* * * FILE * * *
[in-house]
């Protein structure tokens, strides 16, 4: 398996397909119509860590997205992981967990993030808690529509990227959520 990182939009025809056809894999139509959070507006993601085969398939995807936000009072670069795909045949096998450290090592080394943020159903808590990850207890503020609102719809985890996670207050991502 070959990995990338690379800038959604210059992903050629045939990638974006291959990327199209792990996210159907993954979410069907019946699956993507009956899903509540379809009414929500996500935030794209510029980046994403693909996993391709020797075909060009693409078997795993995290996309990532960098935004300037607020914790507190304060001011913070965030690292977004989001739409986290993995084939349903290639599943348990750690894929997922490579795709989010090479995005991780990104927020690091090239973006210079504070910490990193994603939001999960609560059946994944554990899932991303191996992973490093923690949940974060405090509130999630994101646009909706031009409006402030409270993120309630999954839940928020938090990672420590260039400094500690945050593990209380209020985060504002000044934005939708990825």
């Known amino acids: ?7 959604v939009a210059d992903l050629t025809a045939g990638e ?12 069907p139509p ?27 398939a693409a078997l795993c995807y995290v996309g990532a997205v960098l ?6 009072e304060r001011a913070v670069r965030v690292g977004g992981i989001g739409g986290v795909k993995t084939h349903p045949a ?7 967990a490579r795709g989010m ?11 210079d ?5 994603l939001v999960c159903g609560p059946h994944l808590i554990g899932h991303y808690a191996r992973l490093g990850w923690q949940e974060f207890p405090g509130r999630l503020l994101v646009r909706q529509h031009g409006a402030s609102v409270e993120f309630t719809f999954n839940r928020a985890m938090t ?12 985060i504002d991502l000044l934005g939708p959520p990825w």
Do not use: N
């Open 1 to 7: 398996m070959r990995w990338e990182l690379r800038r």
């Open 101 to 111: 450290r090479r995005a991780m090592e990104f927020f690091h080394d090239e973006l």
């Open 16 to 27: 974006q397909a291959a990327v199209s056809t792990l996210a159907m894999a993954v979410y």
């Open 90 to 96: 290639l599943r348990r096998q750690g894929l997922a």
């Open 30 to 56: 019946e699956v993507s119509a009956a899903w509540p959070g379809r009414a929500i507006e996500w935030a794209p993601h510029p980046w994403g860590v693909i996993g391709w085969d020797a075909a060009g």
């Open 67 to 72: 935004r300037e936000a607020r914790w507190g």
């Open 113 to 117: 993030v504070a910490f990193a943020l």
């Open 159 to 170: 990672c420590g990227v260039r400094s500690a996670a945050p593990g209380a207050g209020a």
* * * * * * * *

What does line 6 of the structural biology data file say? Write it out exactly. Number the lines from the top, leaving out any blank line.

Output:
């Open 101 to 111: 450290r090479r995005a991780m090592e990104f927020f690091h080394d090239e973006l």